The Craft Unit at the Tourism Product Development Company Limited (TPDCo) hosted a successful craft fair on Thursday December 14, 2017 at the Whitter Village Promenade in Ironshore, St. James. The fair which kept to its “Uniquely 876” theme, showcased handmade craft items from nearly 30 local craft producers who participated in the event.
The objectives of the craft fair, to promote Jamaica as an ideal destination, improve the country’s brand image, as well as to generate income for the craft producers were achieved as patrons gathered at the venue to view and purchase the pieces. The items which included sculptured pieces, furniture, handbags and jewelry are some of the work of Jamaica’s talented artists whose aim is to provide visitors with a visual representation of Jamaica’s culture through art and craft.
Dr. Andrew Spencer, Executive Director of TPDCO highlighted the importance of the craft industry and the impact it has on the country’s thriving tourism sector. “It (Craft) demonstrates the colourfulness of our people. Many of the things we do are intangible and while we strive to give our visitors a memorable experience through the many activities we offer, craft allows them to take a piece of our culture with them.” He said.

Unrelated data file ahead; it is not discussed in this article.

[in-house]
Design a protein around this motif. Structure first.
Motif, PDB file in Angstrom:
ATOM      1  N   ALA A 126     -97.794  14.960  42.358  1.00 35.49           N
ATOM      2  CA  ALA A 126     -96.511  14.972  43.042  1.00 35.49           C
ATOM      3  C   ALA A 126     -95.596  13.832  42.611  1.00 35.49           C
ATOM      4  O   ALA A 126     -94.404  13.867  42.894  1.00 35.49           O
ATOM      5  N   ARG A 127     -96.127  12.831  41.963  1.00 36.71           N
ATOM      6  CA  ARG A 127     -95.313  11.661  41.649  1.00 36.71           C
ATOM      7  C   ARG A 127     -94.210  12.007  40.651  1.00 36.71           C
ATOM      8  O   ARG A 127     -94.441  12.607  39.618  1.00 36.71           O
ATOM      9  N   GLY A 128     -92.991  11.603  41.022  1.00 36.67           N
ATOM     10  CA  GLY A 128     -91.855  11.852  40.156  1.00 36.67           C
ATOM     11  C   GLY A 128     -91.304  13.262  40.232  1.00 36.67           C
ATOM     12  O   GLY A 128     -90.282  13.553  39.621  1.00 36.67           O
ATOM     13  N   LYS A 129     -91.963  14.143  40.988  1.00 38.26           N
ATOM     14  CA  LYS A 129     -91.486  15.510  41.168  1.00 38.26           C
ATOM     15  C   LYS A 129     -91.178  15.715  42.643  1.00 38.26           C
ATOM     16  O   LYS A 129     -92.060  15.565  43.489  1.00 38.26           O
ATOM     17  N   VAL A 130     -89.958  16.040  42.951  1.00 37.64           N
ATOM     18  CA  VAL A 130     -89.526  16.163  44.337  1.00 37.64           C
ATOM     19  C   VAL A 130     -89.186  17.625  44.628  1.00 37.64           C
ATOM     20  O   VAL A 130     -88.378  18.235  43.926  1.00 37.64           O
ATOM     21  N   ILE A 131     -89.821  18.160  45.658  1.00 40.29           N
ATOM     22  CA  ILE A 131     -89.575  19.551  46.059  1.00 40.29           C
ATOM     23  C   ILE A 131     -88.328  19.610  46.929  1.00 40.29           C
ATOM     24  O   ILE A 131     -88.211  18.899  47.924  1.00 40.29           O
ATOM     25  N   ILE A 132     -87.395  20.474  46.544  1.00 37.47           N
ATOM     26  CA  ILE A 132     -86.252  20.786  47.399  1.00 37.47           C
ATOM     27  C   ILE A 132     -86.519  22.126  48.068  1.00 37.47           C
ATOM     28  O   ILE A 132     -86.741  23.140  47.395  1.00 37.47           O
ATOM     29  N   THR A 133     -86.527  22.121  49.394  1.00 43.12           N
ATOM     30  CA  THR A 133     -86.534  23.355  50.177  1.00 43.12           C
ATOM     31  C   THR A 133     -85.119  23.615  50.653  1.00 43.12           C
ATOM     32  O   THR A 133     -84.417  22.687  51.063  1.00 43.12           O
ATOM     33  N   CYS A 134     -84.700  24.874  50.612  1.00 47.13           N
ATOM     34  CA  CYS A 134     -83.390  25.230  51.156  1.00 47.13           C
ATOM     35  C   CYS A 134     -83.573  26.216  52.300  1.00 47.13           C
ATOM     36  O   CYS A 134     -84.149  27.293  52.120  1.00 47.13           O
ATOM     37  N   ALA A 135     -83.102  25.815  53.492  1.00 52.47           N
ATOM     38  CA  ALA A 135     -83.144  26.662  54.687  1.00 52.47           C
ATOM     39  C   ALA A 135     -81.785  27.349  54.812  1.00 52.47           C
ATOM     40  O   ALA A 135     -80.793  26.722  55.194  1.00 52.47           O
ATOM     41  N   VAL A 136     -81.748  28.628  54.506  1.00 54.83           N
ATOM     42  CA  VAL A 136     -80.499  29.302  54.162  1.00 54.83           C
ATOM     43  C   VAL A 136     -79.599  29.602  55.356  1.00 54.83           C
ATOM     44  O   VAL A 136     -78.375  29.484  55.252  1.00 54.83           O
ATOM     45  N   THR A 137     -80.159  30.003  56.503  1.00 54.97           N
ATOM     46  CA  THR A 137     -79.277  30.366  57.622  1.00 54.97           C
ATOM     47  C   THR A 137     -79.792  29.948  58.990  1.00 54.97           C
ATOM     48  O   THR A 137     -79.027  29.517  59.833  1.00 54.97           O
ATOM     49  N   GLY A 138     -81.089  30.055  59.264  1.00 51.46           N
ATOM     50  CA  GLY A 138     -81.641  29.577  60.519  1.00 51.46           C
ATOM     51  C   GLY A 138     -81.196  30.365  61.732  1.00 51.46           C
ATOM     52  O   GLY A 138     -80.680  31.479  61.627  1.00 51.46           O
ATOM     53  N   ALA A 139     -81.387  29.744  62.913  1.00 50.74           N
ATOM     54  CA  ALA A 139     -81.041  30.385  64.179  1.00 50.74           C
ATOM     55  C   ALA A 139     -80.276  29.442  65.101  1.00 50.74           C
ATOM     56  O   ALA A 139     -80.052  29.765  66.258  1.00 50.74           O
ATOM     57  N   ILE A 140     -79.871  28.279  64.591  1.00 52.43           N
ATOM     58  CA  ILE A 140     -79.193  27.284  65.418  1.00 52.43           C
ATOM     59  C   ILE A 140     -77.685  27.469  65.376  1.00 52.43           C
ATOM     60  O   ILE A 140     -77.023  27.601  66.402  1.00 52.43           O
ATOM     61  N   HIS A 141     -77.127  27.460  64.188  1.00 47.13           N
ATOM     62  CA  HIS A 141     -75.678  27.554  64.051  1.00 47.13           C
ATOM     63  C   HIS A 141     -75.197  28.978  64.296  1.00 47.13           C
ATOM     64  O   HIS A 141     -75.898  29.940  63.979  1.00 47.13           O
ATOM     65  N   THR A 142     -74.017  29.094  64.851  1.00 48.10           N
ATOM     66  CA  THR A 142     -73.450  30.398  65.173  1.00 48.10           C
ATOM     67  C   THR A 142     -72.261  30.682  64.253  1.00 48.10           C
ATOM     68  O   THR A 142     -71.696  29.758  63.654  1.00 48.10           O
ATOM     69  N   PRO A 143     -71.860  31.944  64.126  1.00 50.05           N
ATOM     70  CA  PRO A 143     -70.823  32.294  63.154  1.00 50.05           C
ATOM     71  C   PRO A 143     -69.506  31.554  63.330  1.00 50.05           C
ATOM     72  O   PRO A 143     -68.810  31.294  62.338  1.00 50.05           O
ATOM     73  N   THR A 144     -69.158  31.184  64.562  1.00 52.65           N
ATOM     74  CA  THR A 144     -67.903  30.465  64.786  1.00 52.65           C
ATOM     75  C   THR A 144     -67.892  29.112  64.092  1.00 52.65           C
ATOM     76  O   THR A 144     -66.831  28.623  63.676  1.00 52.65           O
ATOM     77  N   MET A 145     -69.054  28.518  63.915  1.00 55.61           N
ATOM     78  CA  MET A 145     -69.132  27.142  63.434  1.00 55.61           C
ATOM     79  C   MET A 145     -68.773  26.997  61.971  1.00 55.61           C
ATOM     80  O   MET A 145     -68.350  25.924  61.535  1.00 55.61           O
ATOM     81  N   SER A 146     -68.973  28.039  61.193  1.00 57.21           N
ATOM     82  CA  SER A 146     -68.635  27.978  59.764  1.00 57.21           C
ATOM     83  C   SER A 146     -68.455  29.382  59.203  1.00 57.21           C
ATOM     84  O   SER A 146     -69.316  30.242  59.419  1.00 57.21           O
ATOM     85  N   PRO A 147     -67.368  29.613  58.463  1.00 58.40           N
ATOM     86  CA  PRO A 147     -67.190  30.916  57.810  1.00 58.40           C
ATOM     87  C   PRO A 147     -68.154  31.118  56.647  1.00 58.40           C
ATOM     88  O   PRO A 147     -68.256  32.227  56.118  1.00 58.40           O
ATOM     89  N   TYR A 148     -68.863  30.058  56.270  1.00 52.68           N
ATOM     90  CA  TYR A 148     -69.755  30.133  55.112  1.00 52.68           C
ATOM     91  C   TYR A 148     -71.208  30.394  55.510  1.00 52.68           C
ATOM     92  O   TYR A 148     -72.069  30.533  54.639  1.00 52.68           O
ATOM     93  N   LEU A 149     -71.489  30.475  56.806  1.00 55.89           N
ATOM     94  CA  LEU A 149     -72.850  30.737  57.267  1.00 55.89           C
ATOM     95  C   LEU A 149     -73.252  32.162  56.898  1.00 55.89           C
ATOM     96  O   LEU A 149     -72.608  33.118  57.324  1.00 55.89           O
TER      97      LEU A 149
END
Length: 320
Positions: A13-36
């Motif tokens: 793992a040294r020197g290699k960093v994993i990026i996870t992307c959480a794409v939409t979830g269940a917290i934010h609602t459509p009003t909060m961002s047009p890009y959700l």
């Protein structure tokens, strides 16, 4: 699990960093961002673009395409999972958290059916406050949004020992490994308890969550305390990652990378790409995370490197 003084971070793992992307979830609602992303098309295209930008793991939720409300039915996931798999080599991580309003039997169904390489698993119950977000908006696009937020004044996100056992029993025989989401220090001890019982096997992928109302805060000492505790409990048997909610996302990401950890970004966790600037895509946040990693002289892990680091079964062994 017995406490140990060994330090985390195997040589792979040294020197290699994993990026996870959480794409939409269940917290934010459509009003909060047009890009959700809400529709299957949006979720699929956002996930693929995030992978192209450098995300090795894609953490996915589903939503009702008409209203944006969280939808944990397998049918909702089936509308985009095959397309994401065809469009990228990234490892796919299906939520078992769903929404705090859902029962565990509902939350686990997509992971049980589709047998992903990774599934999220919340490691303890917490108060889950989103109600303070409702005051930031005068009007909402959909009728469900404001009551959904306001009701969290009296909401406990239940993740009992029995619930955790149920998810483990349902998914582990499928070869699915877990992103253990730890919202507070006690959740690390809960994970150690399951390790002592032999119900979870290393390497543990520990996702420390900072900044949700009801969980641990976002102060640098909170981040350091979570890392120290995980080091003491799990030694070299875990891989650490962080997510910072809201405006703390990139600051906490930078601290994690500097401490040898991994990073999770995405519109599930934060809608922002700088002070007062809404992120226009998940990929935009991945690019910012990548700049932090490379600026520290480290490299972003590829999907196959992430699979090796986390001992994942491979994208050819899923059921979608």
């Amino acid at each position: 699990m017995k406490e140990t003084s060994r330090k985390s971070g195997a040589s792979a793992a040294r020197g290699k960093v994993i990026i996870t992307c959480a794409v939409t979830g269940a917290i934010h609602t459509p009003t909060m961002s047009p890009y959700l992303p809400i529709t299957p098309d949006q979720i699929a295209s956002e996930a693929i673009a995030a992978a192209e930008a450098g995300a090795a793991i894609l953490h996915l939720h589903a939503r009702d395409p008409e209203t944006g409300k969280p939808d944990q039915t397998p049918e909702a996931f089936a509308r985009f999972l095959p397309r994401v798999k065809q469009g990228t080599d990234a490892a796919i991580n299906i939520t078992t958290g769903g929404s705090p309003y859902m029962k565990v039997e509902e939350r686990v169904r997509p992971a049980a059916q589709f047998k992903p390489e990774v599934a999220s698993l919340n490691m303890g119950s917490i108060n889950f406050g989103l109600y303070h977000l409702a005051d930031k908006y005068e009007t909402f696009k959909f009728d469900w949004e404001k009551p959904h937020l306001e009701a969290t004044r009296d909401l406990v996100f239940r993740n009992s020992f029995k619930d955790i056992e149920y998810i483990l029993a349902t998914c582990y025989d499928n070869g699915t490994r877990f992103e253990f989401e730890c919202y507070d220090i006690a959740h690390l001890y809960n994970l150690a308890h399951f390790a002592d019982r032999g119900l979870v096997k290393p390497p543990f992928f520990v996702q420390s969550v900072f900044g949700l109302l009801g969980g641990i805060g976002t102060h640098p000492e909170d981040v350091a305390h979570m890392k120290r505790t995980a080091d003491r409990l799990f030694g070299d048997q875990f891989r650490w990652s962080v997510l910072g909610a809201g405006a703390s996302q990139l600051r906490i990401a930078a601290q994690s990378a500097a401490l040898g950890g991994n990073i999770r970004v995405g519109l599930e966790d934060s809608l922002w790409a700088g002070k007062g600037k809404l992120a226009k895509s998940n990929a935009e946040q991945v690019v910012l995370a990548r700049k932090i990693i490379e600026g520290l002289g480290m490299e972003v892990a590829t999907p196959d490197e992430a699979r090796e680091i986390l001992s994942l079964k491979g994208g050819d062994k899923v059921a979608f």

The authenticity of the Jamaican tourism product is usually reinforced through the creation of unique items from the local producers.
“When the guests visit our country they can choose from a variety of things, as we consider the individual tastes of our buyers. We also have to consider the millenials who wish to come to our country and get what is truly ours and not something made elsewhere” He added.
TPDCo, through its craft department continues to create initiatives to foster growth of the local craft sector. According to Dr. Spencer, future plans, as early as 2018 include a partnership with the HEART Trust NTA and the Edna Manley College of Visual and Performing Arts to provide certification programmes for local craft producers. Other TPDCo lead initiatives include training programmes. A recent Montego Bay training saw fifty persons participating in a six week session in the basics of craft, and practical sessions which engaged participants in coconut shell craft and the art of tie-dye, some of which were on display at the craft fair.
The move to promote locally made craft items comes from concerns of mass importation of souvenirs from overseas which affects the authenticity of the culture and tourist offerings. This in turn affects the feasibility of the craft sector.
Dr. Spencer encouraged the craft producers to progress as TPDCo works to improve the craft sector. “You have to be ahead of the game and develop new skills. You should be an example of persons who are always producing new things and refining your skills, and in light of our Tourism Service Excellence Awards, you should aim to provide excellence through both the tangible and intangible services you provide.” Said Dr. Spencer